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J Am Heart Assoc. 2014;3(2):e000810.

The Randomized Olmesartan and Diabetes Microalbuminuria Prevention (ROADMAP) observational follow-up study: benefits of RAS blockade with olmesartan treatment are sustained after study discontinuation.



The Randomized Olmesartan and Diabetes Microalbuminuria Prevention (ROADMAP) study showed that 40 mg Olmesartan medoxomil (OM) versus placebo delayed microalbuminuria onset in patients with type 2 diabetes and normoalbuminuria.


One thousand seven hundred and fifty-eight ROADMAP patients (placebo arm: 877; OM arm: 881) participated in the observational follow up (OFU) with an average of 3.3 years. They received standard medical care and micro- and macrovascular events were documented. During observational follow-up 62.9% and 60.1% in the former OM and placebo group, respectively, received treatment with a RAS blocking agent. During the OFU period the systolic blood pressure (SBP) increased to mean values of 135 mm Hg in both groups. Patients who had developed microalbuminuria during ROADMAP had a higher incidence of cardio- and cerebrovascular events (OR 1.77, CI 1.03 to 3.03, P=0.039) during the OFU period compared with patients in whom this was not the case. Diabetic retinopathy was significantly reduced in the former OM group (8 [0.9%] versus 23 [2.6%], OR: 0.34, CI 0.15 to 0.78, P=0.011) and the rate of microalbuminuria was numerically reduced. Congestive heart failure requiring hospitalization (3 [0.3%] versus 12 [1.4%], OR: 0.23, CI 0.06 to 0.85, P=0.027) was reduced and there was a trend of reduced cardio-/cerebrovascular events (OM versus Pb: 73 [8.3%] versus 86 [9.8%] patients). Seven (0.8%) deaths (including 2 CV events) were reported in former placebo patients versus 3 (0.3%) (non-CV events) in former OM patients.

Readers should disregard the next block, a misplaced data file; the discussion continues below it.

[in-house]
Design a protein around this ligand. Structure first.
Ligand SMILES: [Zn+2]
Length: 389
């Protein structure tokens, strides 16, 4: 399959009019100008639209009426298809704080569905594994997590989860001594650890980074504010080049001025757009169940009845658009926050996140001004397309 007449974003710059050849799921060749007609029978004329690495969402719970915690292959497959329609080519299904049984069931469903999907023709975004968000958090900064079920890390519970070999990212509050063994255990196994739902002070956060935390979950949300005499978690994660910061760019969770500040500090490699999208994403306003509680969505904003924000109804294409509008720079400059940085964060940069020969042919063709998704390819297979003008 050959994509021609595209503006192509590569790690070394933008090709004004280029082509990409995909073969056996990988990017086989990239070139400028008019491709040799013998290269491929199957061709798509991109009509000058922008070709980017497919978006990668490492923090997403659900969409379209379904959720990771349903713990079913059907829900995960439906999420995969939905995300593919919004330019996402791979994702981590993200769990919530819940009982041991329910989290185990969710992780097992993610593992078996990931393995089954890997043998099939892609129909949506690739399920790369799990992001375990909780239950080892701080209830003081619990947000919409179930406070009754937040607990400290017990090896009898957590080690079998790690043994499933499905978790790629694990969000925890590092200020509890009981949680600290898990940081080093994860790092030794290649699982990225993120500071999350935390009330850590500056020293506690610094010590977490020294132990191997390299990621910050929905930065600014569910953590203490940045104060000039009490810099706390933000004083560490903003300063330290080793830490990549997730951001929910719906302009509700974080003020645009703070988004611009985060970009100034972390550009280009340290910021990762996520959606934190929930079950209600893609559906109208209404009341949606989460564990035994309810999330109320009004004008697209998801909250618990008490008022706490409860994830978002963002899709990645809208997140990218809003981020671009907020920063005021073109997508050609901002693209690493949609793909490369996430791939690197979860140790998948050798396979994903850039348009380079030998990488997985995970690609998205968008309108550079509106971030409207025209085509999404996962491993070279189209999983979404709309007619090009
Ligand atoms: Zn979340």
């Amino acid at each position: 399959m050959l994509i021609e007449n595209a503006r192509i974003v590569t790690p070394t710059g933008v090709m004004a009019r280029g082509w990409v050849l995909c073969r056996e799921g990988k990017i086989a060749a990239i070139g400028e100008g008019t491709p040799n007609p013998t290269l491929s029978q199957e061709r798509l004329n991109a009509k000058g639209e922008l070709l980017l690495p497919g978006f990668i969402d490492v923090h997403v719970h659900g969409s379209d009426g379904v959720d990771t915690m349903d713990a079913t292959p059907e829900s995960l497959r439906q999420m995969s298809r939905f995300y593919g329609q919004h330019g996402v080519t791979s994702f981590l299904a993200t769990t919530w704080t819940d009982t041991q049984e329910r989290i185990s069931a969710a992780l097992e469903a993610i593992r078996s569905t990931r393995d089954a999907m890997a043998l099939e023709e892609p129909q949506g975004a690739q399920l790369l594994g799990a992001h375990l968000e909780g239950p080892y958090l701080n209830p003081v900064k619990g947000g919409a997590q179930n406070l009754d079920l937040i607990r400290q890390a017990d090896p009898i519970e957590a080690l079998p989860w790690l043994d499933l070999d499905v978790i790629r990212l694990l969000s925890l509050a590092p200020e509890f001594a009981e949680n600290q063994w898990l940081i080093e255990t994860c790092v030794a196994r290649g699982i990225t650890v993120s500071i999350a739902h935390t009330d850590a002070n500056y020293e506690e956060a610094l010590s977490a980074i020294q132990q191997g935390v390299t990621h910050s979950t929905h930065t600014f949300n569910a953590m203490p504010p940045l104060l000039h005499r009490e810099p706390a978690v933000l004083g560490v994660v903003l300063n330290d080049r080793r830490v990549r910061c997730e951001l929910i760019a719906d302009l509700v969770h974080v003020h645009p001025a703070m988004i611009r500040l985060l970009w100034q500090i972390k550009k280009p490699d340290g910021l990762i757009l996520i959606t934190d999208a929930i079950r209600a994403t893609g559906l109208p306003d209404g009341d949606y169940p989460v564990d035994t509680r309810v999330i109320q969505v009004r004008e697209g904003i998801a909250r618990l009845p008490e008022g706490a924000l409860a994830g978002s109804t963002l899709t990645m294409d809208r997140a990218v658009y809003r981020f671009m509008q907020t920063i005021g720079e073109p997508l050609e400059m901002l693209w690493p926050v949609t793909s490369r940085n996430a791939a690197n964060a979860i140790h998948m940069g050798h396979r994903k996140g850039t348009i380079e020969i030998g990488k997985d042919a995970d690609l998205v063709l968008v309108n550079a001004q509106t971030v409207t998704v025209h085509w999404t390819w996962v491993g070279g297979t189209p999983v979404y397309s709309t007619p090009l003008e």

Development of microalbuminuria is a valid marker for future CV events. RAS blockade with Olmesartan might cause sustained reduction (legacy effect) of micro- and macrovascular events.


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